“By this time next week,” says Simone Foxman, “the euro crisis could be over”; she obviously doesn’t think much of Fitch’s analysis, which concludes that “a ‘comprehensive solution’ to the eurozone crisis is technically and politically beyond reach”.
I spent Wednesday night in Silicon Valley, at a very geeky discussion of Bitcoin, the unregulated digital currency which managed to get a lot of anarcho-utopians very excited. But Bitcoin fever seems to be on the wane right now, and the number of real-world places where Bitcoins can be spent is still, to a first approximation, zero.
Jenn Ablan and Matthew Goldstein’s article about the slow implosion of Pimco’s Total Return Fund is of interest to more than just Bill Gross watchers. Specifically, anybody in the large and growing universe of emerging-market debt has good reason to be very worried about this development.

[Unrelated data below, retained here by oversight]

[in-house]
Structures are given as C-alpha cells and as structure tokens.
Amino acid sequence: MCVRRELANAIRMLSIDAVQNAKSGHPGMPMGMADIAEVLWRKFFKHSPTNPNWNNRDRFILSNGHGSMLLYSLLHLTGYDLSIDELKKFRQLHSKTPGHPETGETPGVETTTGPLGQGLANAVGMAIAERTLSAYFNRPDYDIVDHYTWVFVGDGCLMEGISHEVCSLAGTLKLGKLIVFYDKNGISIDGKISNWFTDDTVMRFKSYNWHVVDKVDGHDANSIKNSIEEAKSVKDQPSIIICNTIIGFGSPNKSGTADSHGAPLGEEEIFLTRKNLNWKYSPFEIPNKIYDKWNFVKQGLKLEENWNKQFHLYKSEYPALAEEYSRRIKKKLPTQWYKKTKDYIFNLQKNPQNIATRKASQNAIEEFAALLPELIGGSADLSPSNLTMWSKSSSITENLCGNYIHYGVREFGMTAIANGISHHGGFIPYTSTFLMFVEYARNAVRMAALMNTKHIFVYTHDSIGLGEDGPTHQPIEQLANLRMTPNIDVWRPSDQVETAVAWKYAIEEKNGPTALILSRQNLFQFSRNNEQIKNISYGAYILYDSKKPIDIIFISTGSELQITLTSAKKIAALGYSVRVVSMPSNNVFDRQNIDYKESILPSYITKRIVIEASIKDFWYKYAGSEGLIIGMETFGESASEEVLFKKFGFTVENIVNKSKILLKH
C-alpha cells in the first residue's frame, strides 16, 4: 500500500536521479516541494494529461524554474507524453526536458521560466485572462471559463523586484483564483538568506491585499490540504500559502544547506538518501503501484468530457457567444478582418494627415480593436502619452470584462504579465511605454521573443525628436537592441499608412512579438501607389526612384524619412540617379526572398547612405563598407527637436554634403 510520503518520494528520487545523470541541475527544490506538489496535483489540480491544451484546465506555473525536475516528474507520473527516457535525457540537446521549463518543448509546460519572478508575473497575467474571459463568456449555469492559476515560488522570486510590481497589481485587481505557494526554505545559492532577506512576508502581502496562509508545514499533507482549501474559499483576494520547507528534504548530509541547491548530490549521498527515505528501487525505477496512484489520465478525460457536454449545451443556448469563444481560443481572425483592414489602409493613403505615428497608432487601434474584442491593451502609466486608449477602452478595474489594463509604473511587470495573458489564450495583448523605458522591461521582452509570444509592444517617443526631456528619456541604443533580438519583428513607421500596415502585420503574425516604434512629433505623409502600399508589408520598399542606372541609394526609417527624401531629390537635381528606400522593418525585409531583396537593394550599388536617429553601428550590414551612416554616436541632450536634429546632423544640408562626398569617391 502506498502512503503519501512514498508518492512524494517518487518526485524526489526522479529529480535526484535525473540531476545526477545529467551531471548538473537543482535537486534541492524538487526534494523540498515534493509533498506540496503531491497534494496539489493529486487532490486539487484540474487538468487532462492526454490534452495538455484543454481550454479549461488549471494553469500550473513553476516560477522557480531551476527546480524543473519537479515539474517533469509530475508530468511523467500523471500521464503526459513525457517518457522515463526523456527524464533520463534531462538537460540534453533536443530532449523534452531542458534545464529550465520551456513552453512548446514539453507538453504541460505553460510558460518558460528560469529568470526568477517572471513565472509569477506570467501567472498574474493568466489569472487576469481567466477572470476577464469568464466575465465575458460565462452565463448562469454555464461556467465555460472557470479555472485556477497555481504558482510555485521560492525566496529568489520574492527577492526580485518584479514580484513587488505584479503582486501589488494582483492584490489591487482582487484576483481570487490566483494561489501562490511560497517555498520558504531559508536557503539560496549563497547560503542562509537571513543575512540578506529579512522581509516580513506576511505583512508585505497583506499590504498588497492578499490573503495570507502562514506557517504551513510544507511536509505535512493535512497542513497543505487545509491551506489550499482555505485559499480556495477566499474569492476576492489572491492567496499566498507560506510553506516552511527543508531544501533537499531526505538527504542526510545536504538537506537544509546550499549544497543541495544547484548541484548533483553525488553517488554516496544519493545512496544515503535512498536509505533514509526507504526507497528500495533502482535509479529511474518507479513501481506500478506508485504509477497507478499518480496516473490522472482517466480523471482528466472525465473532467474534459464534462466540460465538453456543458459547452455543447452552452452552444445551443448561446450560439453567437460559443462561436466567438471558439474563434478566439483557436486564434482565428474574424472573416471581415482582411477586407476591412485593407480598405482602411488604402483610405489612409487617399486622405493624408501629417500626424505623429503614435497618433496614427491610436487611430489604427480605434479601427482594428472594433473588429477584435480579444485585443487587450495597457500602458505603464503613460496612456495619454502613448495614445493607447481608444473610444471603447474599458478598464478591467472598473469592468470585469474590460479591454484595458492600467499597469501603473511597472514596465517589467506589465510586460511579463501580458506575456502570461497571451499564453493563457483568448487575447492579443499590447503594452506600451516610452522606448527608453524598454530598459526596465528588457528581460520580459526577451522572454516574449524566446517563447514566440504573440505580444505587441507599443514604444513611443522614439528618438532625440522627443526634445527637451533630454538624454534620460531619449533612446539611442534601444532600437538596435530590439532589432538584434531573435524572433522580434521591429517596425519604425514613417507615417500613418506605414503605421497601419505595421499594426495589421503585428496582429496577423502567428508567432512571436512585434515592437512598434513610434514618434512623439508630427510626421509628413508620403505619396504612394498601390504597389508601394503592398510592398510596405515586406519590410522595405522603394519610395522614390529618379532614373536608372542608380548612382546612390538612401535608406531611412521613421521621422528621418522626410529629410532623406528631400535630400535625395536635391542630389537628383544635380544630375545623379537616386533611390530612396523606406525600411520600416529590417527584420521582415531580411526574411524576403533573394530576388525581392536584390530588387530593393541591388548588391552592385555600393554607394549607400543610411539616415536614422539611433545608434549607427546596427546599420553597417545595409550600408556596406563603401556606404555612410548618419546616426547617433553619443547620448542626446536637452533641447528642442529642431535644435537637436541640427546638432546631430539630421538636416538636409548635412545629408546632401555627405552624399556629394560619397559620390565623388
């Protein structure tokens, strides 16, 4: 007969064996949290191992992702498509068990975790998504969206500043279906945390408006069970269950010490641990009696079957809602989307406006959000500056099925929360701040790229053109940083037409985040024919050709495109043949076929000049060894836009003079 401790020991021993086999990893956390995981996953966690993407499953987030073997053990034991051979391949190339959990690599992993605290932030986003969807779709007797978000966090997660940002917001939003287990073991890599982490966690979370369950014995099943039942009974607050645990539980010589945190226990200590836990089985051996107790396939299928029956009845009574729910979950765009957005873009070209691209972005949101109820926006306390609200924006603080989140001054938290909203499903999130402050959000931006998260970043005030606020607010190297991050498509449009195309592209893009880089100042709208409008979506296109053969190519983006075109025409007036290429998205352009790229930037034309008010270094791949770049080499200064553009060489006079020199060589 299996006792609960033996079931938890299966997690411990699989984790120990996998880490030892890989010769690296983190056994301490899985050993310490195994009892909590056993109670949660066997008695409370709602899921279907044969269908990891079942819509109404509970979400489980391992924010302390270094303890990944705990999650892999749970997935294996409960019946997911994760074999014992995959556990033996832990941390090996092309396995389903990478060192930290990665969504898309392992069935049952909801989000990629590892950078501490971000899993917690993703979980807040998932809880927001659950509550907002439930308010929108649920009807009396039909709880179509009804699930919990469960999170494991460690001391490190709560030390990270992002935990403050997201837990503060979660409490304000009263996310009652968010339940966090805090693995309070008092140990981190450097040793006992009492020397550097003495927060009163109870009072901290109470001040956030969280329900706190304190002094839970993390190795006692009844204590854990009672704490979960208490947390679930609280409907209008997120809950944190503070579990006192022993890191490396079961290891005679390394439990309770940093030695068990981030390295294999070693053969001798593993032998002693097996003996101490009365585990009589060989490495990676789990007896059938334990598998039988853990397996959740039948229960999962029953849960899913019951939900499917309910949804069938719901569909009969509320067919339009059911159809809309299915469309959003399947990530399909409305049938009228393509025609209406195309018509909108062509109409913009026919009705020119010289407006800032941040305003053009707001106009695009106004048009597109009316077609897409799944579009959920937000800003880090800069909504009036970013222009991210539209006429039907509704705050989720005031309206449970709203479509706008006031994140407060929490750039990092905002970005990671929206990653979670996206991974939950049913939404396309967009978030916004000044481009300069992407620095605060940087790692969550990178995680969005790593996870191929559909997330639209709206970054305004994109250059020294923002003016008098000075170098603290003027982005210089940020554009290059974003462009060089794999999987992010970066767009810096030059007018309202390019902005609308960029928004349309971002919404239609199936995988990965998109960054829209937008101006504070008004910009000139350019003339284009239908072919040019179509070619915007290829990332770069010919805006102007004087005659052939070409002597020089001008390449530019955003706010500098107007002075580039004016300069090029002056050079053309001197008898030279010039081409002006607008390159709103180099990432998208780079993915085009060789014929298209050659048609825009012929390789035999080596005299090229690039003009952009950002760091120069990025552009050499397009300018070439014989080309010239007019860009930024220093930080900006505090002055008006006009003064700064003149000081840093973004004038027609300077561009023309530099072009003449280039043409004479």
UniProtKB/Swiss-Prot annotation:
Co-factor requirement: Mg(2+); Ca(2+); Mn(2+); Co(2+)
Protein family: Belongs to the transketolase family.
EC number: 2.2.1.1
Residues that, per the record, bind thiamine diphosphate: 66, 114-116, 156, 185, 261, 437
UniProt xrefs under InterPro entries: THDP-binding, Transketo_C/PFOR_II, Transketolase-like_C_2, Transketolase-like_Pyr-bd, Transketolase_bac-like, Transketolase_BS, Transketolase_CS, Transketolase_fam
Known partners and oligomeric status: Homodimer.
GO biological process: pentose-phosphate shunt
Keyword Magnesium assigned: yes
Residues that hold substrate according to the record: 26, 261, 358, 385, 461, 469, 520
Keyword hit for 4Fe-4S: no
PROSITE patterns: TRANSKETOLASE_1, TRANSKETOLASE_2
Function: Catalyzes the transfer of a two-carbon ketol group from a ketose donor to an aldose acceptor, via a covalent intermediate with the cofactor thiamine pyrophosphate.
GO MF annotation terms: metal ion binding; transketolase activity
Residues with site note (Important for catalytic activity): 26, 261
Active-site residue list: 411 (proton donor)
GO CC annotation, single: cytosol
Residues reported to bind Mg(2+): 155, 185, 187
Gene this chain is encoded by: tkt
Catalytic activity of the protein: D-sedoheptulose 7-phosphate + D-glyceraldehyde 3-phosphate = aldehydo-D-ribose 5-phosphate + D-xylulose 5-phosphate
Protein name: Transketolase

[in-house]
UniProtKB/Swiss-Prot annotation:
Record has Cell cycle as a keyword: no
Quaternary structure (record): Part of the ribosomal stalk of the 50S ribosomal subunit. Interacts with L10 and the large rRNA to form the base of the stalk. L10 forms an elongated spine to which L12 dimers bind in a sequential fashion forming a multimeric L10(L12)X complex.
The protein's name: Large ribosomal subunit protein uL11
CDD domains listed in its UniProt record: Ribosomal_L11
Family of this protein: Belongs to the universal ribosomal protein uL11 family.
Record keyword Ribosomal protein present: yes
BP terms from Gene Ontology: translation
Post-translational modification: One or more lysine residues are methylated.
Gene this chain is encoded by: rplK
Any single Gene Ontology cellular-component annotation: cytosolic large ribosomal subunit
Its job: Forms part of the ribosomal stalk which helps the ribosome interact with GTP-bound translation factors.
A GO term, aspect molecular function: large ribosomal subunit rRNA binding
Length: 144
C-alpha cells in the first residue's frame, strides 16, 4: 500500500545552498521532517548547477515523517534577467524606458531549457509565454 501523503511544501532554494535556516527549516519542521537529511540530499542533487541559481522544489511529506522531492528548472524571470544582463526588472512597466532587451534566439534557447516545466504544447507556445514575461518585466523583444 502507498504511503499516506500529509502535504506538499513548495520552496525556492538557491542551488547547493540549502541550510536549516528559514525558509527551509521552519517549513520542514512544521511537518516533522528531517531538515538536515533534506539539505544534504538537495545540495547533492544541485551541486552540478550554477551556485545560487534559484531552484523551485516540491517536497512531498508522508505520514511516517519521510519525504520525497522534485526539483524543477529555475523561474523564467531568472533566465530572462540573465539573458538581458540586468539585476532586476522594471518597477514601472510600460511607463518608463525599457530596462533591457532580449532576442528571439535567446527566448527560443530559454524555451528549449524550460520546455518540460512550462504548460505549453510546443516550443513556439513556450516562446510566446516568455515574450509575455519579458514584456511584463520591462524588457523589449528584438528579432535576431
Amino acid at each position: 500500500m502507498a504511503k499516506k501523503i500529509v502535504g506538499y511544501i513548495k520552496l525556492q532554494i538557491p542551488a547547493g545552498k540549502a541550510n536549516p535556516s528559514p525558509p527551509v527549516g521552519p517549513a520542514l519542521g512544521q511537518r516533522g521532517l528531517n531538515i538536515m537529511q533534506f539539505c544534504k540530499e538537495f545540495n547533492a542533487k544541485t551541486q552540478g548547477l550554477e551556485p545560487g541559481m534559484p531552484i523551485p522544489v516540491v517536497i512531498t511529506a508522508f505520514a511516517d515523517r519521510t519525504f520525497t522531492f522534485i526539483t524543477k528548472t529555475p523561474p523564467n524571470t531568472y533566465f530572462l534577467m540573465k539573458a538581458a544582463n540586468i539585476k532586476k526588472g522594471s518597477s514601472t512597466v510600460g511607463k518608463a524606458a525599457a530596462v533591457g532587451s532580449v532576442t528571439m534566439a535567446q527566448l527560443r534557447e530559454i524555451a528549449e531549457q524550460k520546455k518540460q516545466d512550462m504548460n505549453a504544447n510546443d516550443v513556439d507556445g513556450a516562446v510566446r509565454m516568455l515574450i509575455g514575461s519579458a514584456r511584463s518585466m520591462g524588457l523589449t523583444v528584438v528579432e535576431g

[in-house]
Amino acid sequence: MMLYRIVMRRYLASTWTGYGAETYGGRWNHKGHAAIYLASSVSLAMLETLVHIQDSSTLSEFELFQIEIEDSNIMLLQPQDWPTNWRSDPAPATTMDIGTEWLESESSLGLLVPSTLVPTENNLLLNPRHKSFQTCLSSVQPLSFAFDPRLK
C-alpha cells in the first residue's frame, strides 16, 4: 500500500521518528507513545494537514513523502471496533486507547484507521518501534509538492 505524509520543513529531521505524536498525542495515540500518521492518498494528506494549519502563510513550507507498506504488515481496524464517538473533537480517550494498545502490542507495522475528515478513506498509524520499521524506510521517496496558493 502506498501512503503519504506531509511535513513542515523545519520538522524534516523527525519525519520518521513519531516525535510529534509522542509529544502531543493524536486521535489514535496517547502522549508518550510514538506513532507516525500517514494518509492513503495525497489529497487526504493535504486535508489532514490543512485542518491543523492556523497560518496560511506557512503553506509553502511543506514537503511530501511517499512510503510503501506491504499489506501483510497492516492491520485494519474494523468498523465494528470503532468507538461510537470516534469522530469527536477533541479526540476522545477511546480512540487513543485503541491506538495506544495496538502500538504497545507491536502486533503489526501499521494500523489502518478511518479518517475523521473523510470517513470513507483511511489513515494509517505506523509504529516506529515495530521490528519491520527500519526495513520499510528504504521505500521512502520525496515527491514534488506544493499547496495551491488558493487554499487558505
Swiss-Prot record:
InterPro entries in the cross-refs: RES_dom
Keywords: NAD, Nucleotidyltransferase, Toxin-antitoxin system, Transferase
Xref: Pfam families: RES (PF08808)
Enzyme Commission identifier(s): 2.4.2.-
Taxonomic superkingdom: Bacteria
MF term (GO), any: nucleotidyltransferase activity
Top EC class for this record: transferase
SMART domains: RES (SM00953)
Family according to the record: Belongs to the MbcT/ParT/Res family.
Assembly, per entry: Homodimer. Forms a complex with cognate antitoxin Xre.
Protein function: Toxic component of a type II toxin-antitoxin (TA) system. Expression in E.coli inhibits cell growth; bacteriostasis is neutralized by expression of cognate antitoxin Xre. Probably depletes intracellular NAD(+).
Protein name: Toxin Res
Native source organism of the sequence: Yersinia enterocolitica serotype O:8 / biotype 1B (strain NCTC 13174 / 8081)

One of the most important parts of Greece’s restructuring deal — the agreement with its private creditors over what’s going to happen to its bonds — is still very much up in the air. The idea was originally that there would be an agreement by the middle of next week, but no one’s holding their breath, and it now seems as though it won’t be until the end of January at the earliest before any deal is done.
Very few of us live in a world remotely representative of the nation as a whole; I certainly don’t. How many of my friends and acquaintances have a college degree? How many live in dense urban centers? How many have smartphones? How many have ever voted Republican? In all these respects and many more, the world I see is incredibly skewed. But what about the Stop Online Piracy Act?